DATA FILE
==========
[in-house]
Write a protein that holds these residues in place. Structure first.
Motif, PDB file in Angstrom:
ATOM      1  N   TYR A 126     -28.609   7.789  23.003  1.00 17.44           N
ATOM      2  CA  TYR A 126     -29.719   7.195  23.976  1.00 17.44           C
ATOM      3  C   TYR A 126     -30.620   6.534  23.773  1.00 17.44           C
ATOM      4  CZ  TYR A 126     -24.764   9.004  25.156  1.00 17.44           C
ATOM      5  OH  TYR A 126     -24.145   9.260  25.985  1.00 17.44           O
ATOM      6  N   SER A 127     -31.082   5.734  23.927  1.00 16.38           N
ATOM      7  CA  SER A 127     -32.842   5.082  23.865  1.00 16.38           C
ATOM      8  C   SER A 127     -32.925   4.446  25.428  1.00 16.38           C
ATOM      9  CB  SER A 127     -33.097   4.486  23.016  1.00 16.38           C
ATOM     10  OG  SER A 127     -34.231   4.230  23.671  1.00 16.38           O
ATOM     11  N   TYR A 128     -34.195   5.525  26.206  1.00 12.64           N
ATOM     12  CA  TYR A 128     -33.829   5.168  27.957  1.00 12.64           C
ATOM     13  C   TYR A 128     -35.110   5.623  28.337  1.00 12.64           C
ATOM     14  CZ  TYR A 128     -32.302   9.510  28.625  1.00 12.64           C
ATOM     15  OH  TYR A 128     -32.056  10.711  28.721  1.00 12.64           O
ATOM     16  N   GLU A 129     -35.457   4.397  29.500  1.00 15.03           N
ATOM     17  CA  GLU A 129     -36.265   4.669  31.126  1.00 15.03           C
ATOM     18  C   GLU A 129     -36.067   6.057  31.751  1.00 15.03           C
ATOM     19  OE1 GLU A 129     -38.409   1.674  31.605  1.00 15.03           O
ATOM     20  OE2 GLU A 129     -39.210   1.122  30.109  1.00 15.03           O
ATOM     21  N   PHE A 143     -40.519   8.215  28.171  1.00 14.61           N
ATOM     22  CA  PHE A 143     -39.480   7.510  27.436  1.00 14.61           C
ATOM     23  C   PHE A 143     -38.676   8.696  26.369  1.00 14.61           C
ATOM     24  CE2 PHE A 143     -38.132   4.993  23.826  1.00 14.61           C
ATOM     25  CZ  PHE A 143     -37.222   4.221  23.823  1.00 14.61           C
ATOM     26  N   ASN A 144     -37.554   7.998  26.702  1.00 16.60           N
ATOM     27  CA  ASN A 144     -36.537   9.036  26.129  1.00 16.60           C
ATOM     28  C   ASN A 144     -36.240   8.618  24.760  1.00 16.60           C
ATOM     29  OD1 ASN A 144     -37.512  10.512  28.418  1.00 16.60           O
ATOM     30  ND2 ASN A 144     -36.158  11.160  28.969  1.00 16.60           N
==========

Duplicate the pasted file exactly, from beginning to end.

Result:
[in-house]
Write a protein that holds these residues in place. Structure first.
Motif, PDB file in Angstrom:
ATOM      1  N   TYR A 126     -28.609   7.789  23.003  1.00 17.44           N
ATOM      2  CA  TYR A 126     -29.719   7.195  23.976  1.00 17.44           C
ATOM      3  C   TYR A 126     -30.620   6.534  23.773  1.00 17.44           C
ATOM      4  CZ  TYR A 126     -24.764   9.004  25.156  1.00 17.44           C
ATOM      5  OH  TYR A 126     -24.145   9.260  25.985  1.00 17.44           O
ATOM      6  N   SER A 127     -31.082   5.734  23.927  1.00 16.38           N
ATOM      7  CA  SER A 127     -32.842   5.082  23.865  1.00 16.38           C
ATOM      8  C   SER A 127     -32.925   4.446  25.428  1.00 16.38           C
ATOM      9  CB  SER A 127     -33.097   4.486  23.016  1.00 16.38           C
ATOM     10  OG  SER A 127     -34.231   4.230  23.671  1.00 16.38           O
ATOM     11  N   TYR A 128     -34.195   5.525  26.206  1.00 12.64           N
ATOM     12  CA  TYR A 128     -33.829   5.168  27.957  1.00 12.64           C
ATOM     13  C   TYR A 128     -35.110   5.623  28.337  1.00 12.64           C
ATOM     14  CZ  TYR A 128     -32.302   9.510  28.625  1.00 12.64           C
ATOM     15  OH  TYR A 128     -32.056  10.711  28.721  1.00 12.64           O
ATOM     16  N   GLU A 129     -35.457   4.397  29.500  1.00 15.03           N
ATOM     17  CA  GLU A 129     -36.265   4.669  31.126  1.00 15.03           C
ATOM     18  C   GLU A 129     -36.067   6.057  31.751  1.00 15.03           C
ATOM     19  OE1 GLU A 129     -38.409   1.674  31.605  1.00 15.03           O
ATOM     20  OE2 GLU A 129     -39.210   1.122  30.109  1.00 15.03           O
ATOM     21  N   PHE A 143     -40.519   8.215  28.171  1.00 14.61           N
ATOM     22  CA  PHE A 143     -39.480   7.510  27.436  1.00 14.61           C
ATOM     23  C   PHE A 143     -38.676   8.696  26.369  1.00 14.61           C
ATOM     24  CE2 PHE A 143     -38.132   4.993  23.826  1.00 14.61           C
ATOM     25  CZ  PHE A 143     -37.222   4.221  23.823  1.00 14.61           C
ATOM     26  N   ASN A 144     -37.554   7.998  26.702  1.00 16.60           N
ATOM     27  CA  ASN A 144     -36.537   9.036  26.129  1.00 16.60           C
ATOM     28  C   ASN A 144     -36.240   8.618  24.760  1.00 16.60           C
ATOM     29  OD1 ASN A 144     -37.512  10.512  28.418  1.00 16.60           O
ATOM     30  ND2 ASN A 144     -36.158  11.160  28.969  1.00 16.60           N